Carnegie, who has strong experience in marketing but not technology, took the reins in July and told the Sydney Morning Herald her company wanted to change the way people talked about the nation's biggest infrastructure project.
''I look at the energy around the NBN," she said. "At the moment, it's focused around cost. I'd love to talk about the benefits and how we can change the rhetoric, from cost to disruption.
"It feels like we could be on the cusp of renewal but I'm frustrated that we're not recognising the benefits.''
"The opportunity the internet brings to Australia... we're an island of incredibly talented people, we should be driving to export our ideas as a way to transform our economy. It should be our next boom", she said.
Google has also faced some criticism in the past for the way it handles its tax responsibilities, but Carnegie used the interview to clear up any misconceptions.
''We comply with tax laws in Australia and paid over $2.5 billion in corporation tax globally last year, with an effective global corporate tax rate of almost 20%.''
She also said she wanted a close relationship with the federal government, confirming she had made contact with the new Communications Minister Malcolm Turnbull since the election.
''We've had a good relationship with the Liberals and I'm sure that will continue.," she said.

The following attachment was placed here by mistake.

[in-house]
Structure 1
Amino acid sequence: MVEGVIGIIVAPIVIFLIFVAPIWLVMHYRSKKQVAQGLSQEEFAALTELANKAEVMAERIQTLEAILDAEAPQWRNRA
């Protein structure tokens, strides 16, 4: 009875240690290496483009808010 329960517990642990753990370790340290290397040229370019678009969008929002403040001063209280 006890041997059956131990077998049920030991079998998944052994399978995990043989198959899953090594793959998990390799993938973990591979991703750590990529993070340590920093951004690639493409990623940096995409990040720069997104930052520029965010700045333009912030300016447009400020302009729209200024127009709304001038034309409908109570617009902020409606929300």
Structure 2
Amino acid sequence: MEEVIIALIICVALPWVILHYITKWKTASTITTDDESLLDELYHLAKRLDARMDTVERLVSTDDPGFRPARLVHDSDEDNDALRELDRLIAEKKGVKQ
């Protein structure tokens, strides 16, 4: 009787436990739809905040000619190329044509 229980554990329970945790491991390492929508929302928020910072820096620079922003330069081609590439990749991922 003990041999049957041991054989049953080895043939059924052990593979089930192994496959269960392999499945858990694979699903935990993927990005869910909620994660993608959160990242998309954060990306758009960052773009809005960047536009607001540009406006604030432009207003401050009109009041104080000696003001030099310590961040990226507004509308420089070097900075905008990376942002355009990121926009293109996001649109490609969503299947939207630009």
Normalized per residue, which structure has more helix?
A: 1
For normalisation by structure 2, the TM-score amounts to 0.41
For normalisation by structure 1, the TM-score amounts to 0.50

Carnegie pointed to similarities between Google and her previous company Proctor & Gamble Australia as a sign she'd succeed in the new role.
''There are some very stark similarities in terms of what fundamentally underpins both organisations ... their reason for being is to improve the lives of the world's consumers. They want to do it in small but meaningful ways, they both talk about our employees being our most important asset and innovation being the lifeblood of our companies.
''I agree that how they execute against those principles is very different. There's no doubt Google executes with a lot greater speed, a greater willingness to delegate authority and responsibility, and they pride themselves on you not needing to wear a suit to be taken seriously,'' she said.